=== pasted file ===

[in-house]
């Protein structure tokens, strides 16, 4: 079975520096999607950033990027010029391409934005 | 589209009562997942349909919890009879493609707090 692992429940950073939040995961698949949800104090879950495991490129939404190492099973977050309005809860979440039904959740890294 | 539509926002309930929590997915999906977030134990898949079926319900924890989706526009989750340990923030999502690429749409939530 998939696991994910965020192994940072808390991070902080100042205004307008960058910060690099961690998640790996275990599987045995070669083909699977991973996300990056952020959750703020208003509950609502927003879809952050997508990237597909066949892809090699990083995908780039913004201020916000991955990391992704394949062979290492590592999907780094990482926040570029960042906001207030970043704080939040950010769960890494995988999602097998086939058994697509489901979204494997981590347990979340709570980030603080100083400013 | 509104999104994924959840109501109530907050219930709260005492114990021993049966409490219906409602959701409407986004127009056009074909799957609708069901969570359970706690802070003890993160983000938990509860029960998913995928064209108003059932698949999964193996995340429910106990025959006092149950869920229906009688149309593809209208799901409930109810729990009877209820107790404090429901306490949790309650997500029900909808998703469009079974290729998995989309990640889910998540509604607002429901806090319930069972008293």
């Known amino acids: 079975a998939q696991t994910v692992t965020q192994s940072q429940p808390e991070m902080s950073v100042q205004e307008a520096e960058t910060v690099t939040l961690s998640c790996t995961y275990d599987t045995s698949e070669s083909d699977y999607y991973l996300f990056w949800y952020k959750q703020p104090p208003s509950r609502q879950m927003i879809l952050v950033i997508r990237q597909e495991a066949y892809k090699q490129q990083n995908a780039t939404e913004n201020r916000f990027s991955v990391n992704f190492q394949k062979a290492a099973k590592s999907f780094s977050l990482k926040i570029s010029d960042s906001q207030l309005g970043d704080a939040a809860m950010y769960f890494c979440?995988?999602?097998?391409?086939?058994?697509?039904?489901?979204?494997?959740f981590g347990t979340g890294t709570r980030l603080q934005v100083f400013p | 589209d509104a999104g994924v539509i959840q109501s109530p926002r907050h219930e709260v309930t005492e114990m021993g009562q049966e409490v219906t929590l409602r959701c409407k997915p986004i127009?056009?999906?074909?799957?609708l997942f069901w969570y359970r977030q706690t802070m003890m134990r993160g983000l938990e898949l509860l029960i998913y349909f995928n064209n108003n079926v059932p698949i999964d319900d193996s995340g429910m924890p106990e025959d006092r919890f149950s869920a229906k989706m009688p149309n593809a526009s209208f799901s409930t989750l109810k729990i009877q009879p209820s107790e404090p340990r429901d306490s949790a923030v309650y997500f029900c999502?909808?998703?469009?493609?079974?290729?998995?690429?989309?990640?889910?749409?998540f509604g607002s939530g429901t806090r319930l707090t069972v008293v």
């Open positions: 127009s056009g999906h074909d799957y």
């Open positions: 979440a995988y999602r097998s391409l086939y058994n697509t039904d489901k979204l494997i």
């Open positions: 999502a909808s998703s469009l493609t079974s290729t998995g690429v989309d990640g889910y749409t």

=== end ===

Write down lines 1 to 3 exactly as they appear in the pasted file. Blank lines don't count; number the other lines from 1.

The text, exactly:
[in-house]
């Protein structure tokens, strides 16, 4: 079975520096999607950033990027010029391409934005 | 589209009562997942349909919890009879493609707090 692992429940950073939040995961698949949800104090879950495991490129939404190492099973977050309005809860979440039904959740890294 | 539509926002309930929590997915999906977030134990898949079926319900924890989706526009989750340990923030999502690429749409939530 998939696991994910965020192994940072808390991070902080100042205004307008960058910060690099961690998640790996275990599987045995070669083909699977991973996300990056952020959750703020208003509950609502927003879809952050997508990237597909066949892809090699990083995908780039913004201020916000991955990391992704394949062979290492590592999907780094990482926040570029960042906001207030970043704080939040950010769960890494995988999602097998086939058994697509489901979204494997981590347990979340709570980030603080100083400013 | 509104999104994924959840109501109530907050219930709260005492114990021993049966409490219906409602959701409407986004127009056009074909799957609708069901969570359970706690802070003890993160983000938990509860029960998913995928064209108003059932698949999964193996995340429910106990025959006092149950869920229906009688149309593809209208799901409930109810729990009877209820107790404090429901306490949790309650997500029900909808998703469009079974290729998995989309990640889910998540509604607002429901806090319930069972008293």
């Known amino acids: 079975a998939q696991t994910v692992t965020q192994s940072q429940p808390e991070m902080s950073v100042q205004e307008a520096e960058t910060v690099t939040l961690s998640c790996t995961y275990d599987t045995s698949e070669s083909d699977y999607y991973l996300f990056w949800y952020k959750q703020p104090p208003s509950r609502q879950m927003i879809l952050v950033i997508r990237q597909e495991a066949y892809k090699q490129q990083n995908a780039t939404e913004n201020r916000f990027s991955v990391n992704f190492q394949k062979a290492a099973k590592s999907f780094s977050l990482k926040i570029s010029d960042s906001q207030l309005g970043d704080a939040a809860m950010y769960f890494c979440?995988?999602?097998?391409?086939?058994?697509?039904?489901?979204?494997?959740f981590g347990t979340g890294t709570r980030l603080q934005v100083f400013p | 589209d509104a999104g994924v539509i959840q109501s109530p926002r907050h219930e709260v309930t005492e114990m021993g009562q049966e409490v219906t929590l409602r959701c409407k997915p986004i127009?056009?999906?074909?799957?609708l997942f069901w969570y359970r977030q706690t802070m003890m134990r993160g983000l938990e898949l509860l029960i998913y349909f995928n064209n108003n079926v059932p698949i999964d319900d193996s995340g429910m924890p106990e025959d006092r919890f149950s869920a229906k989706m009688p149309n593809a526009s209208f799901s409930t989750l109810k729990i009877q009879p209820s107790e404090p340990r429901d306490s949790a923030v309650y997500f029900c999502?909808?998703?469009?493609?079974?290729?998995?690429?989309?990640?889910?749409?998540f509604g607002s939530g429901t806090r319930l707090t069972v008293v």